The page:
Frankly stated--we firmly believe that S&ID is overmaned and that the S-II and CSM Programs can be done, and done better, with fewer people. This is not to suggest that an arbitrary  percentage reduction should be applied to each element of S&ID, but we do suggest the need for adjustments, based on a reassessment and clear definition of organizational responsibilities and task assignments.
It is our view that the total Engineering, Manufacturing, Quality, and Program Control functions are too diversely spread and in too many layers throughout the S&ID organization to contribute, in an integrated and effective manner, to the hard core requirements of the programs. The present proliferation of the functions invites non-contributing, "make-work" use of manpower and dollars as well as impediments to program progress.
We question the true strength and authority of each Program Manager and his real ability to be fully accountable for results when he directly controls less that 50% of the manpower effort that goes into his program. This suggests the need for an objective reappraisal of the people and functions assigned to Central versus Program organizations. This should be done with full recognition that the Central organization's primary reason for existence is to support the requirements of the Program Managers. Concurrently, the Program Manager should undertake a thorough and objective "audit" of all current and planned tasks, as well as evaluate the people assigned to these tasks, in order to bring the total effort down to that effort down to that which truly contributes to the program.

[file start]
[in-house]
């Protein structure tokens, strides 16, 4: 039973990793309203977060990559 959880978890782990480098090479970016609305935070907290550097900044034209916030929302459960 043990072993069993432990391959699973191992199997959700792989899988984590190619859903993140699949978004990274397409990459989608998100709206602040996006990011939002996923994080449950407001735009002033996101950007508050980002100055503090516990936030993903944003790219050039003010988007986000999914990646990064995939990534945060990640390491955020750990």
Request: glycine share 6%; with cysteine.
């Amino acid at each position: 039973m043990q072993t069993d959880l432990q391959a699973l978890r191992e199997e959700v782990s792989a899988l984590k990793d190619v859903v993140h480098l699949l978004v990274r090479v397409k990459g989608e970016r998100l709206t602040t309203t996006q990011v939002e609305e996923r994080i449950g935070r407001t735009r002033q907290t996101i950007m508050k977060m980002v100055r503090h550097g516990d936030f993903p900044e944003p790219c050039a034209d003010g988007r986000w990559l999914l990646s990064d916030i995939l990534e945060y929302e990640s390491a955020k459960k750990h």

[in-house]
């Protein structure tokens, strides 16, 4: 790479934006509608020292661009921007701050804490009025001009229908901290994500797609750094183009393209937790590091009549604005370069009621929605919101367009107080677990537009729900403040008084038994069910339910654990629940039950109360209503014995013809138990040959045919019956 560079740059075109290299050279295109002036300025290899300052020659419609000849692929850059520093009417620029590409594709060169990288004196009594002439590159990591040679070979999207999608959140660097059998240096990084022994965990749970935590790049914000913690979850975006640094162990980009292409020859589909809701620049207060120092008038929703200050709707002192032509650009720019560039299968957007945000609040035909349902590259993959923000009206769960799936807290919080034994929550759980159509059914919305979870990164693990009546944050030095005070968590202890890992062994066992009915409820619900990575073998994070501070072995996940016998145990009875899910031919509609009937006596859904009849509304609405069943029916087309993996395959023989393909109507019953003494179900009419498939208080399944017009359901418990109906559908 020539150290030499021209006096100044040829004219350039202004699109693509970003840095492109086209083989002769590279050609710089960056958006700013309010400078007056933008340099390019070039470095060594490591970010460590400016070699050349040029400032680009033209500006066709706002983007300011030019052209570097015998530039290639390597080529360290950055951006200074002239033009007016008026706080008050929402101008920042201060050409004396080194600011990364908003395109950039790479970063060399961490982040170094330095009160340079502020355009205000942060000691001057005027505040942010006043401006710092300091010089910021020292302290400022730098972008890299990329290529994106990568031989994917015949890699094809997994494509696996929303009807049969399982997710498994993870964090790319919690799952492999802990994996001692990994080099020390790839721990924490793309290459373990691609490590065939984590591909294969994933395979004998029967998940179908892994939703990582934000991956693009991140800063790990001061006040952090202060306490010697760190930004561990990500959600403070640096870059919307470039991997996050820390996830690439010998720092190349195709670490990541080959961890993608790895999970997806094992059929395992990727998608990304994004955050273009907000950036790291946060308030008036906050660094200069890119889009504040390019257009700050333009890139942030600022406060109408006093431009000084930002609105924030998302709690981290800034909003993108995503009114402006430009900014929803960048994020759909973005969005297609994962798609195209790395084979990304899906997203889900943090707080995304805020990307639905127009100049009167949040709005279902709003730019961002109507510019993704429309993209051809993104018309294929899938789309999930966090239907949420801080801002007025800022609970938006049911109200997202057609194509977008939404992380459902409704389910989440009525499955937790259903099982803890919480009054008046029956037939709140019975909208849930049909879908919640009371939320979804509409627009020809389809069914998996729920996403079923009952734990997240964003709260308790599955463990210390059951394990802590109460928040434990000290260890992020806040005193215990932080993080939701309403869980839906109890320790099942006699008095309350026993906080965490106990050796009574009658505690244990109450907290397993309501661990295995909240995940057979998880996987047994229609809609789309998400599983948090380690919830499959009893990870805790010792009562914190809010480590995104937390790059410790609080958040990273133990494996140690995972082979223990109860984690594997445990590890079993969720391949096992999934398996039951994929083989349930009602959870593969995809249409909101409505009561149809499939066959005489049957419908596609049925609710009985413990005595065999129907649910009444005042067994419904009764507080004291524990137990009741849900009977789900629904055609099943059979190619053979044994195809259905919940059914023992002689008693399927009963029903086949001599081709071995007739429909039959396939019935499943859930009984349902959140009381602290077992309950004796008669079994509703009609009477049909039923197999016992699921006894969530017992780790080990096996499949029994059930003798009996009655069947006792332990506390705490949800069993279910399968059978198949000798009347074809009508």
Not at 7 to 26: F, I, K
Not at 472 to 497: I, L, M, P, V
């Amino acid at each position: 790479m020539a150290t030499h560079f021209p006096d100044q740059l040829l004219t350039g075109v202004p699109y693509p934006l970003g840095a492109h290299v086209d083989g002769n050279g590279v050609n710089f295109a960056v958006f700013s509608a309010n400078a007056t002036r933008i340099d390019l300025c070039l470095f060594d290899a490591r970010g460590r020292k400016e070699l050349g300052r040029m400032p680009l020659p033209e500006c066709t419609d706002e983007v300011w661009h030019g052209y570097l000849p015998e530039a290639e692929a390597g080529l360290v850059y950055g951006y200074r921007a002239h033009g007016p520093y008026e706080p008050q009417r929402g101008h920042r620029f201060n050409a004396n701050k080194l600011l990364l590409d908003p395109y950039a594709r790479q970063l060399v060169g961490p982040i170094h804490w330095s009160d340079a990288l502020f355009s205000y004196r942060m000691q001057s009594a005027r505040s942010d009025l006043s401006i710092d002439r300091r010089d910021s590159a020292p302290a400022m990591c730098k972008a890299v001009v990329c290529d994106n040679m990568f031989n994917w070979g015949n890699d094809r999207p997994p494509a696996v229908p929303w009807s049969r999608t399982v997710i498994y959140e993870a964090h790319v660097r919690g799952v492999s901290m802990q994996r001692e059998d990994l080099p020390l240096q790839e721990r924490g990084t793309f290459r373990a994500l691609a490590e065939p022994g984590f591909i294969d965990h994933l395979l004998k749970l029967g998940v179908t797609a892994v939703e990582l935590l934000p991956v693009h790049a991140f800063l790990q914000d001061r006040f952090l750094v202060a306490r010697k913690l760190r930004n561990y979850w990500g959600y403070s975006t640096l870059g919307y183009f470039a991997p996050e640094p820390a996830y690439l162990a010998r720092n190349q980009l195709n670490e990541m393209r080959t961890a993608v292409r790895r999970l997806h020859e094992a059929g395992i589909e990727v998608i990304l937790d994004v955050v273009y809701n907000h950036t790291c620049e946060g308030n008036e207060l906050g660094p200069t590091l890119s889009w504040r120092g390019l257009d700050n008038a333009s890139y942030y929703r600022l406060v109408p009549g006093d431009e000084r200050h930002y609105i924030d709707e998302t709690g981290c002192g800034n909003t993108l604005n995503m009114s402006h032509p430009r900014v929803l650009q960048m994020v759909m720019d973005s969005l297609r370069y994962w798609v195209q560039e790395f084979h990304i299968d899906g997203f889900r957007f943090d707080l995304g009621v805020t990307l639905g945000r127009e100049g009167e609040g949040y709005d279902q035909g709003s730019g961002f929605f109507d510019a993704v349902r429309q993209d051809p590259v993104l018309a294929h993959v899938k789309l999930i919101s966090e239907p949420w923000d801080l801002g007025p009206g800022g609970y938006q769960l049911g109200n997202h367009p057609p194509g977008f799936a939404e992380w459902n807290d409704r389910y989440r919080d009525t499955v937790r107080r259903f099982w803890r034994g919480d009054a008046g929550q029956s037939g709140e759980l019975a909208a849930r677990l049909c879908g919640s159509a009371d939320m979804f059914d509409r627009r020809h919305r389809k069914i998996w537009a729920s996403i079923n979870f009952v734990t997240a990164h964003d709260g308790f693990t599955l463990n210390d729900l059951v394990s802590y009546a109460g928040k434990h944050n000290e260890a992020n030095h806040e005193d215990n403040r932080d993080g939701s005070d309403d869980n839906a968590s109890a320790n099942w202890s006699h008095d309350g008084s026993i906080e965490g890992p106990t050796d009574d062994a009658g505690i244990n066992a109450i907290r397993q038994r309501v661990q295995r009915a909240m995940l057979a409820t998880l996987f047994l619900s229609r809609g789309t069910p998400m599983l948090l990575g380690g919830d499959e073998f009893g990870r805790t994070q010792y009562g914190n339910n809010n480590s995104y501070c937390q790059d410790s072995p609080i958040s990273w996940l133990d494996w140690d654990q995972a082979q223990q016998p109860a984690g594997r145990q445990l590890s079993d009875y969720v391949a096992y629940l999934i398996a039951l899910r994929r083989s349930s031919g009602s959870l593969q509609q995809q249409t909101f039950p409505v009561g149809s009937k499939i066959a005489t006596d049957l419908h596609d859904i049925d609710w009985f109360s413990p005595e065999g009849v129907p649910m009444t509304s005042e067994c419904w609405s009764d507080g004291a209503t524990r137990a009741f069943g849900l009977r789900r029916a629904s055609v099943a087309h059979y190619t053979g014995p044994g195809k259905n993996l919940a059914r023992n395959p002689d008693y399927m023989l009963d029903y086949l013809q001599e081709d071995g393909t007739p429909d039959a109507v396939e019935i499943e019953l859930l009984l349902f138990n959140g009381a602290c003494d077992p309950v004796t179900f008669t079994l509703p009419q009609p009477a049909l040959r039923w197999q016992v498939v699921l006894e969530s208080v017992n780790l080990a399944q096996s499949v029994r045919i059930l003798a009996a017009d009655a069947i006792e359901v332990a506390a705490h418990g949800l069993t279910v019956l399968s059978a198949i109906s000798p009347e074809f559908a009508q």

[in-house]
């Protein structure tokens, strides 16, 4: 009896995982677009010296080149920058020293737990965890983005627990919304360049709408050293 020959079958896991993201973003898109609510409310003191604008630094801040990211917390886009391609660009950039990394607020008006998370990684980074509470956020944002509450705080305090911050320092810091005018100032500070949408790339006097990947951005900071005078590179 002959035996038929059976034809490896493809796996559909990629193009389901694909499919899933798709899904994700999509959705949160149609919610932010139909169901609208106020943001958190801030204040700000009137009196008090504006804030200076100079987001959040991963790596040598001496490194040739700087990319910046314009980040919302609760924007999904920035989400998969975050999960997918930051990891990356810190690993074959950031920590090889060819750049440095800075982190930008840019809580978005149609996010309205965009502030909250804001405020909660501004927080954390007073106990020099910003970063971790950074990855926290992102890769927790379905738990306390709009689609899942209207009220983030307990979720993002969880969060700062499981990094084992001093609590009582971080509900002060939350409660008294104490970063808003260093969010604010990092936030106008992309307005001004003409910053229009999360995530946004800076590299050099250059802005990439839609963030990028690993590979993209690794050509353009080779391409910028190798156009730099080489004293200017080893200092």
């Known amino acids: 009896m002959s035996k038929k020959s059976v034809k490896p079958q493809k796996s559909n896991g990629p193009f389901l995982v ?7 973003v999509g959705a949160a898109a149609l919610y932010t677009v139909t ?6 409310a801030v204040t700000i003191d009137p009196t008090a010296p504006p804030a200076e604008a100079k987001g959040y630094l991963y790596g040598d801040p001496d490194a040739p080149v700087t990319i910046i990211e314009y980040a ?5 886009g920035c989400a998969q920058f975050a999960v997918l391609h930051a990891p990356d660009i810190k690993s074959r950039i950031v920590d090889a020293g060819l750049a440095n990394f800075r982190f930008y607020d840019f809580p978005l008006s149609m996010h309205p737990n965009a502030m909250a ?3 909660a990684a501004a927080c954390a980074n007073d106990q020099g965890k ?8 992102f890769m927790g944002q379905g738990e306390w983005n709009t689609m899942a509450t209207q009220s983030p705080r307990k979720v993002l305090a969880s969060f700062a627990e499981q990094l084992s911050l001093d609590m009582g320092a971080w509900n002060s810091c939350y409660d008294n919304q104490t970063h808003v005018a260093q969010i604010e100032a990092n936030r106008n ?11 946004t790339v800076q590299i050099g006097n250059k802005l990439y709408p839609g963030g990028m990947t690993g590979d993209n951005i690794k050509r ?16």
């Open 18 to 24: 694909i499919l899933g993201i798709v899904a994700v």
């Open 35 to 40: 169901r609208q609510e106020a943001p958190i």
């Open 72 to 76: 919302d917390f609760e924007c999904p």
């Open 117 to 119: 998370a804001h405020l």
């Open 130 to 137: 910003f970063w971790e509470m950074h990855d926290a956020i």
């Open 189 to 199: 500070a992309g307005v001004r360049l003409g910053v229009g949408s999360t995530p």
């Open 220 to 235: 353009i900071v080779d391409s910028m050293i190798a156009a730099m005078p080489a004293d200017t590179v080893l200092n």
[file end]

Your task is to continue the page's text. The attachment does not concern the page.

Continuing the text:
It is our opinion that the assignment of the Florida Facility to the Test and Quality Assurance organization creates an anomaly since the Florida activities clearly relate to direct program responsibilities. We recognize that the existence of both CSM and S-II activities at KSC may require the establishment of a single unit for administrative purposes. However, it is our view that the management of this unit is an executive function, rather than one connected with a functional responsibility. We suggest NAA consider a "mirror image" organizational relationship between S&ID and the Florida operation, with the top man at Florida reporting to the S&ID President and the two program organizations reporting to the S&ID Program Managers.